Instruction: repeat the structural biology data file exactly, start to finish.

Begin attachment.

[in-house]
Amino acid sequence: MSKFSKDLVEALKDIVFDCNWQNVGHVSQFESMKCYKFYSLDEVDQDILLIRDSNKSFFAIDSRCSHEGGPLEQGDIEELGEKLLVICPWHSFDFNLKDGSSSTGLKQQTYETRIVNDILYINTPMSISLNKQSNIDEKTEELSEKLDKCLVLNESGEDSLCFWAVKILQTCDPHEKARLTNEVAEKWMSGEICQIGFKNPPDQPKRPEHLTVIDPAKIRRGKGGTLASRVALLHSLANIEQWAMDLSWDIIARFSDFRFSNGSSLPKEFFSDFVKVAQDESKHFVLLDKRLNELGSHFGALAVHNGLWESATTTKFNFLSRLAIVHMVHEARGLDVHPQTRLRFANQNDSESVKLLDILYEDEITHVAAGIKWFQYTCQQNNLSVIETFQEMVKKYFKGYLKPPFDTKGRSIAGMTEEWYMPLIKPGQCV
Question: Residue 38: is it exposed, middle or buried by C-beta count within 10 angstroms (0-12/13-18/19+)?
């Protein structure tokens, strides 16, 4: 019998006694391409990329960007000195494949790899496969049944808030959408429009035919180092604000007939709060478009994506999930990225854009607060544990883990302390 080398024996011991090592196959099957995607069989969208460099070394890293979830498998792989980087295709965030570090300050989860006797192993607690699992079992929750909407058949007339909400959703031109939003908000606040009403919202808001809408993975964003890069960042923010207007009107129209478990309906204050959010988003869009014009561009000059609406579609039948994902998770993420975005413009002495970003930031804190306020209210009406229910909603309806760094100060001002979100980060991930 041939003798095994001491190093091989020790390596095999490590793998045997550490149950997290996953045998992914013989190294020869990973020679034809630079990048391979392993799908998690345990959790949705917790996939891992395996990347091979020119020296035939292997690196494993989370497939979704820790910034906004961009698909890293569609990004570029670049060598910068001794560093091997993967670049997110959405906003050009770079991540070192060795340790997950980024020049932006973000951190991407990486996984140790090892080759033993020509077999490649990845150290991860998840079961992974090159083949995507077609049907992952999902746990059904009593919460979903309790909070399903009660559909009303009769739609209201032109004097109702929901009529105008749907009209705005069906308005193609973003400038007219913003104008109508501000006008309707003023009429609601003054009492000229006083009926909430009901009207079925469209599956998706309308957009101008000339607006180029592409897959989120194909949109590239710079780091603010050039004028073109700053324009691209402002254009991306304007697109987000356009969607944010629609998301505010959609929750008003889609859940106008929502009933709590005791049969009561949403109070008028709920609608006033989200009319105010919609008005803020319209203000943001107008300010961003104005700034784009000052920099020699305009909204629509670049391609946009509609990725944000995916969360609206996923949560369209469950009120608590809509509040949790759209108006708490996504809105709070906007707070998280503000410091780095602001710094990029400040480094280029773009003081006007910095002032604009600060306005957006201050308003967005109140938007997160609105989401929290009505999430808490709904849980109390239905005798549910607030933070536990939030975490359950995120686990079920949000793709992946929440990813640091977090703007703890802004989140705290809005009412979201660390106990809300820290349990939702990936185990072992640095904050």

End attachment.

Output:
[in-house]
Amino acid sequence: MSKFSKDLVEALKDIVFDCNWQNVGHVSQFESMKCYKFYSLDEVDQDILLIRDSNKSFFAIDSRCSHEGGPLEQGDIEELGEKLLVICPWHSFDFNLKDGSSSTGLKQQTYETRIVNDILYINTPMSISLNKQSNIDEKTEELSEKLDKCLVLNESGEDSLCFWAVKILQTCDPHEKARLTNEVAEKWMSGEICQIGFKNPPDQPKRPEHLTVIDPAKIRRGKGGTLASRVALLHSLANIEQWAMDLSWDIIARFSDFRFSNGSSLPKEFFSDFVKVAQDESKHFVLLDKRLNELGSHFGALAVHNGLWESATTTKFNFLSRLAIVHMVHEARGLDVHPQTRLRFANQNDSESVKLLDILYEDEITHVAAGIKWFQYTCQQNNLSVIETFQEMVKKYFKGYLKPPFDTKGRSIAGMTEEWYMPLIKPGQCV
Question: Residue 38: is it exposed, middle or buried by C-beta count within 10 angstroms (0-12/13-18/19+)?
């Protein structure tokens, strides 16, 4: 019998006694391409990329960007000195494949790899496969049944808030959408429009035919180092604000007939709060478009994506999930990225854009607060544990883990302390 080398024996011991090592196959099957995607069989969208460099070394890293979830498998792989980087295709965030570090300050989860006797192993607690699992079992929750909407058949007339909400959703031109939003908000606040009403919202808001809408993975964003890069960042923010207007009107129209478990309906204050959010988003869009014009561009000059609406579609039948994902998770993420975005413009002495970003930031804190306020209210009406229910909603309806760094100060001002979100980060991930 041939003798095994001491190093091989020790390596095999490590793998045997550490149950997290996953045998992914013989190294020869990973020679034809630079990048391979392993799908998690345990959790949705917790996939891992395996990347091979020119020296035939292997690196494993989370497939979704820790910034906004961009698909890293569609990004570029670049060598910068001794560093091997993967670049997110959405906003050009770079991540070192060795340790997950980024020049932006973000951190991407990486996984140790090892080759033993020509077999490649990845150290991860998840079961992974090159083949995507077609049907992952999902746990059904009593919460979903309790909070399903009660559909009303009769739609209201032109004097109702929901009529105008749907009209705005069906308005193609973003400038007219913003104008109508501000006008309707003023009429609601003054009492000229006083009926909430009901009207079925469209599956998706309308957009101008000339607006180029592409897959989120194909949109590239710079780091603010050039004028073109700053324009691209402002254009991306304007697109987000356009969607944010629609998301505010959609929750008003889609859940106008929502009933709590005791049969009561949403109070008028709920609608006033989200009319105010919609008005803020319209203000943001107008300010961003104005700034784009000052920099020699305009909204629509670049391609946009509609990725944000995916969360609206996923949560369209469950009120608590809509509040949790759209108006708490996504809105709070906007707070998280503000410091780095602001710094990029400040480094280029773009003081006007910095002032604009600060306005957006201050308003967005109140938007997160609105989401929290009505999430808490709904849980109390239905005798549910607030933070536990939030975490359950995120686990079920949000793709992946929440990813640091977090703007703890802004989140705290809005009412979201660390106990809300820290349990939702990936185990072992640095904050």